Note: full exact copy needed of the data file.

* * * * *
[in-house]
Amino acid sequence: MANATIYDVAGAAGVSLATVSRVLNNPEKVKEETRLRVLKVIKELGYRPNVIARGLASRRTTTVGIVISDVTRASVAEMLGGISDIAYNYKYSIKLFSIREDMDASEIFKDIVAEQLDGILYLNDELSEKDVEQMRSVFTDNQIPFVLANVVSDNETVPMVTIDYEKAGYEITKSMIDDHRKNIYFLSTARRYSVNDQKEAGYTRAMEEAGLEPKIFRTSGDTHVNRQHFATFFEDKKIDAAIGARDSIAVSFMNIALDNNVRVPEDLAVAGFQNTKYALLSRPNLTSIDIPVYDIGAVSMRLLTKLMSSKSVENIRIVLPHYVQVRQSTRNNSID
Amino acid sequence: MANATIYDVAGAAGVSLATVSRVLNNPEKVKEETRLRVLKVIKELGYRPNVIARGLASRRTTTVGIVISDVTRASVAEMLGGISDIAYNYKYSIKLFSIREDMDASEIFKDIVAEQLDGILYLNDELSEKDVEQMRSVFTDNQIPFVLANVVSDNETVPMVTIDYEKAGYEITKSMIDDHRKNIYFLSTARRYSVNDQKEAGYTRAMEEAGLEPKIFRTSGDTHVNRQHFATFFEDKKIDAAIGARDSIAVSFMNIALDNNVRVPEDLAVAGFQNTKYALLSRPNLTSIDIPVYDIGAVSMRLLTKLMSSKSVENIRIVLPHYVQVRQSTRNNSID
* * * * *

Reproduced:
[in-house]
Amino acid sequence: MANATIYDVAGAAGVSLATVSRVLNNPEKVKEETRLRVLKVIKELGYRPNVIARGLASRRTTTVGIVISDVTRASVAEMLGGISDIAYNYKYSIKLFSIREDMDASEIFKDIVAEQLDGILYLNDELSEKDVEQMRSVFTDNQIPFVLANVVSDNETVPMVTIDYEKAGYEITKSMIDDHRKNIYFLSTARRYSVNDQKEAGYTRAMEEAGLEPKIFRTSGDTHVNRQHFATFFEDKKIDAAIGARDSIAVSFMNIALDNNVRVPEDLAVAGFQNTKYALLSRPNLTSIDIPVYDIGAVSMRLLTKLMSSKSVENIRIVLPHYVQVRQSTRNNSID
Amino acid sequence: MANATIYDVAGAAGVSLATVSRVLNNPEKVKEETRLRVLKVIKELGYRPNVIARGLASRRTTTVGIVISDVTRASVAEMLGGISDIAYNYKYSIKLFSIREDMDASEIFKDIVAEQLDGILYLNDELSEKDVEQMRSVFTDNQIPFVLANVVSDNETVPMVTIDYEKAGYEITKSMIDDHRKNIYFLSTARRYSVNDQKEAGYTRAMEEAGLEPKIFRTSGDTHVNRQHFATFFEDKKIDAAIGARDSIAVSFMNIALDNNVRVPEDLAVAGFQNTKYALLSRPNLTSIDIPVYDIGAVSMRLLTKLMSSKSVENIRIVLPHYVQVRQSTRNNSID